Monday, October 2, 2017

Blade Runner 2049

Good news, bad news. Blade Runner 2049 isn't as good as the original. It's also far better than I expected from a sequel no one really ever wanted to see made. While I'd expect the initial reception to be better than the original Blade Runner, the sequel's plot does have serious plot holes which multiple viewings are likely to further expose.

Set 30 years after the first film (coinciding with the similar gap between the original and the sequel), the world still has plenty of runaway replicants which need to be found and retired. While Deckard (Harrison Ford) has long-since disappeared, the role of our main Blade Runner this time around is played by Ryan Gosling.

Director Denis Villeneuve offers a visually interesting film with several nods to Blade Runner. While the story is more complicated than necessary, and requires characters to ignore specific questions which seem obvious to ask, K's (Gosling) journey and the mystery he's tasked to solve does keep things on track (even if Villeneuve gets stuck multiple times dragging out shots and scenes for the visual style long after the plot has been satisfied).

The film is ambitious both it terms of its style and message. That said, the former is better represented than the later which gets a bit heavy-handed at times when characters discuss slavery in general and the role of replicants specifically. And remember how rain was important in the original in one crucial scene? Screenwriters Hampton Fancher and Michael Green sure do as they bend over backwards to fit in as many scenes as possible featuring rain and snow. Themes of mortality and humanity are played out once again by a mix of humans and replicants as our lead character navigates through both in his search for Deckard and a secret which could shock the world.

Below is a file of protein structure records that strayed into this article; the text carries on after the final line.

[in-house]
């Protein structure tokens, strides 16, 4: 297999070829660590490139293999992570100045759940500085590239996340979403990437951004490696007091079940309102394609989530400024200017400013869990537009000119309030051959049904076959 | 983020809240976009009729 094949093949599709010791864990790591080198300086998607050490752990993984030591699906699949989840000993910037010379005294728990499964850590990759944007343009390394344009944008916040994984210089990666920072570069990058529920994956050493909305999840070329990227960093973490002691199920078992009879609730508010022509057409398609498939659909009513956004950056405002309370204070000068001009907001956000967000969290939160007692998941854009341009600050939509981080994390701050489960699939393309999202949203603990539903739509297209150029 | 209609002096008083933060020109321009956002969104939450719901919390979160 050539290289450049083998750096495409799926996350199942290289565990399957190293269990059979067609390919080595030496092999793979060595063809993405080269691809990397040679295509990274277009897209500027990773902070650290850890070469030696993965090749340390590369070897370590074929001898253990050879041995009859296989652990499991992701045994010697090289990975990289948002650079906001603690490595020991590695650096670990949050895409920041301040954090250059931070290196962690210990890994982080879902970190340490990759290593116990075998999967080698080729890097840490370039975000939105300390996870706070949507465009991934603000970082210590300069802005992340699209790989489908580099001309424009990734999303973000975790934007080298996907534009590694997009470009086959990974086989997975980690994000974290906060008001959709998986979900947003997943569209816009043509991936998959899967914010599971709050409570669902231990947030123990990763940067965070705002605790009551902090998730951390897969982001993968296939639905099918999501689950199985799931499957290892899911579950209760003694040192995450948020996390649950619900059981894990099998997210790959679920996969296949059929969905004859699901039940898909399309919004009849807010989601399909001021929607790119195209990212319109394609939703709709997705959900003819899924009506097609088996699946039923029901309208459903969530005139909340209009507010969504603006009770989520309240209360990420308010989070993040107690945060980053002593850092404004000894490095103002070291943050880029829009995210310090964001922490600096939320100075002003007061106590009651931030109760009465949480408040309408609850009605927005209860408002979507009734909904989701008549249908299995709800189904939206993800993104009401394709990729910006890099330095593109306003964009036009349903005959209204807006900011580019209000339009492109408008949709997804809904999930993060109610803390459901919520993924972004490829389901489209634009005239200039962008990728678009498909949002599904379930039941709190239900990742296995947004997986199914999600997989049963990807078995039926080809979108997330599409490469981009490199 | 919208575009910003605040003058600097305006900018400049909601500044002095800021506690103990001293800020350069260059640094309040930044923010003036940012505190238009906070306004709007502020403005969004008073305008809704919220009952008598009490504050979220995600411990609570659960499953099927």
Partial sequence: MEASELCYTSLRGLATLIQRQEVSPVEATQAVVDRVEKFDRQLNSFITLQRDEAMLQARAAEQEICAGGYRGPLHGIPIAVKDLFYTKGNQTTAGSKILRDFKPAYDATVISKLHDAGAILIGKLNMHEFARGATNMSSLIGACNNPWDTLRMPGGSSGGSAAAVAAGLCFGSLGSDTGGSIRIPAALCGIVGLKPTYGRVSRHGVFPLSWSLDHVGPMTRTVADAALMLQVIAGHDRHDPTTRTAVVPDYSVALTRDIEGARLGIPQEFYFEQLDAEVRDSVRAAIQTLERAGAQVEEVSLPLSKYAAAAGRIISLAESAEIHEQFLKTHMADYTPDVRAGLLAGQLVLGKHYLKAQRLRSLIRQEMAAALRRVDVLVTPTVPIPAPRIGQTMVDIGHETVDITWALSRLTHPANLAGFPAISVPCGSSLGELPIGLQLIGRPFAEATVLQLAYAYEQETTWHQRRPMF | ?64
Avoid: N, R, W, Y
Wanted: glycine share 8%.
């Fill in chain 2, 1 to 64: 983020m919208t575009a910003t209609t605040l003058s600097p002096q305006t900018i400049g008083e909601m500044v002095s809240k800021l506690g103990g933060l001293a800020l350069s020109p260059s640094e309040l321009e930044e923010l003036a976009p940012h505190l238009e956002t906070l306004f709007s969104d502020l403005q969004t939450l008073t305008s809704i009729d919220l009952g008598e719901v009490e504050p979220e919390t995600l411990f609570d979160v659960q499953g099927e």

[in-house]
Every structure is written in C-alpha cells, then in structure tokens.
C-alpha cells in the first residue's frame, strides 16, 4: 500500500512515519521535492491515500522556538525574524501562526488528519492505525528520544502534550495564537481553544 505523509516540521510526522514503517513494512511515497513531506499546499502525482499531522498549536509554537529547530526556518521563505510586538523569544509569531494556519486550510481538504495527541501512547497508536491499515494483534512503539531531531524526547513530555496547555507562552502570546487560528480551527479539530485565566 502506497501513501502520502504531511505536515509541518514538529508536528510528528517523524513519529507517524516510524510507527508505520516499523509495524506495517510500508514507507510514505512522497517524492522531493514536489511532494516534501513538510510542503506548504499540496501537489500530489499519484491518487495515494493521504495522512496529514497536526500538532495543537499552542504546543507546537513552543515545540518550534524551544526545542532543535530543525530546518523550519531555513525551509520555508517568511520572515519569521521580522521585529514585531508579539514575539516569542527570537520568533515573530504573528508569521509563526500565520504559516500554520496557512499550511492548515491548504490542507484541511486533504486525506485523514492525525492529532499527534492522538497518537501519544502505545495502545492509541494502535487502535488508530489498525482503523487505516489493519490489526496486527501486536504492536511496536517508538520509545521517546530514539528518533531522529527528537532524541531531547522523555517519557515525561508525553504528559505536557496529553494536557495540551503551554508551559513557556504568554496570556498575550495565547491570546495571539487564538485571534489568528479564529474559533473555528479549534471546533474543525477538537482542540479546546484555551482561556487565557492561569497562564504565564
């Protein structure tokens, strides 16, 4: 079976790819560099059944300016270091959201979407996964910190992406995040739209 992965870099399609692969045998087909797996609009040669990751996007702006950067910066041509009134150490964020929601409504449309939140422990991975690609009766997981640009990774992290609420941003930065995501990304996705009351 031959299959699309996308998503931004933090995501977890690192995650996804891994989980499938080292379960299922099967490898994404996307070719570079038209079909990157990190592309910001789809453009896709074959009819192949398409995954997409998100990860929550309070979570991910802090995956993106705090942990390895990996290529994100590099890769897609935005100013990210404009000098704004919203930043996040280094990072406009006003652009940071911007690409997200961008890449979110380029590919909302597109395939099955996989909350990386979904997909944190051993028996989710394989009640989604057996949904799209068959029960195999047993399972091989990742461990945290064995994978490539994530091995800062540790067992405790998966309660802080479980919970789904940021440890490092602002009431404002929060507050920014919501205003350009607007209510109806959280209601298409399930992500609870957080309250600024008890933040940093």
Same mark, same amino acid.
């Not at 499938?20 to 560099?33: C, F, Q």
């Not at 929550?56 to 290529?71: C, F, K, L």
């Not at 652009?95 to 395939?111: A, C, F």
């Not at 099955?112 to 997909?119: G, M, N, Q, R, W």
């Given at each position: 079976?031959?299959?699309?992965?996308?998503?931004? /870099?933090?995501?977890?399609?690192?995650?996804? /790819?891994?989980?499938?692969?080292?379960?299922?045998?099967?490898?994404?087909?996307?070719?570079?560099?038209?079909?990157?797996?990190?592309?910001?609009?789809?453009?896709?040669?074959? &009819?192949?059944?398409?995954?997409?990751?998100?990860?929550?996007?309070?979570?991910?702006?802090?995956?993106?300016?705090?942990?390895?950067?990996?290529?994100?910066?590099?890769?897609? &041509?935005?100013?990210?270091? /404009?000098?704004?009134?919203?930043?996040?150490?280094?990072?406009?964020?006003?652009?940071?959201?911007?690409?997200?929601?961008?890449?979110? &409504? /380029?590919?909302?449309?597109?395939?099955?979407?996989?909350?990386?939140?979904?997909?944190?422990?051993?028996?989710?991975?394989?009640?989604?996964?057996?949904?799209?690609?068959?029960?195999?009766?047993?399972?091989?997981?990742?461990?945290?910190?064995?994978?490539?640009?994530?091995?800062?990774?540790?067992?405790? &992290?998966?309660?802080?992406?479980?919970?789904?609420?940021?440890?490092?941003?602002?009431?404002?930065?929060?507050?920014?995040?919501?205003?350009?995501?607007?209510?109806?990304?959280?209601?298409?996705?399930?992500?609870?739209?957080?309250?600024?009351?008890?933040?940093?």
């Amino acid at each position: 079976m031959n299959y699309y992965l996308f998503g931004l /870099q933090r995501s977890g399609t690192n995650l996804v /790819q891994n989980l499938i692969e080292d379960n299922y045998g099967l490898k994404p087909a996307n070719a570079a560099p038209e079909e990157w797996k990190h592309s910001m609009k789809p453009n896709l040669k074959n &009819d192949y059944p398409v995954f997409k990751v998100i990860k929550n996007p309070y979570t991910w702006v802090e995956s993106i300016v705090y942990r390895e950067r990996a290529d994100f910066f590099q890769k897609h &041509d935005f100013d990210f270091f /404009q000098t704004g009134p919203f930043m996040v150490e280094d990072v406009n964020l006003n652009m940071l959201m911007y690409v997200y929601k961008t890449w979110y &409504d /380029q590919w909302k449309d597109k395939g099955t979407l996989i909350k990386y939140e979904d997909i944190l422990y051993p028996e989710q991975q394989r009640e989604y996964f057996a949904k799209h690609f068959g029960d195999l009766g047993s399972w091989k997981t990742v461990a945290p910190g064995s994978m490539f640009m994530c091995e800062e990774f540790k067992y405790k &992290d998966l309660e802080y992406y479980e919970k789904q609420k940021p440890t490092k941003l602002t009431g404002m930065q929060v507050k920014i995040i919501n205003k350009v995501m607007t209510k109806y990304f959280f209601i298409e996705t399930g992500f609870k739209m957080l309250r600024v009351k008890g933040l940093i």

Aside from Gosling, it's the women of the film who turn out to be the real stand-outs. Ana de Armas is terrific as K's girlfriend Joi. K and Joi provide the most interesting relationship of the film and one of more pleasant surprises the sequel has to offer. Mackenzie Davis, Sylvia Hoeks, and Robin Wright all put in strong performances as characters who will play important roles in K's investigation while Jared Leto is nearly impossible to take seriously in stock-movie-villain mode as the head of what was once the Tyrell Corporation and who has a vested interest in K's search.

While the film's score is nearly completely forgettable, Blade Runner 2049 becomes the latest Hollywood film to overuse Inception's BRAAAM!-style sound blasts to over-emphasize important moments, reveals, and discoveries. More distracting than enhancing, particularly when the theater's sound system can't always properly handle them, it's a choice that isn't as effective as I'd like (while also making the film feel far more mainstream than it should). In terms of action, the best sequence is the one which opens the film and introduces us Deckard and an old-school replicant on the run.

While the film works on its own I'm not sure that in and of itself is enough to justify its existence. Blade Runner is a self-contained story which never demanded a sequel (and certainly not one more than three decades later). The sequel doesn't answer any lingering questions left over from the original, doesn't expand the world much further than what we saw in the first film, and (despite its set design) doesn't add much of intrinsic value to the franchise. Still, despite my issues with the movie, including its meandering plot, Blade Runner 2049 does succeed in providing a film that returns to this world with interesting new characters and new questions to ask while leaving the audience to make up their own minds about the broader questions it raises.

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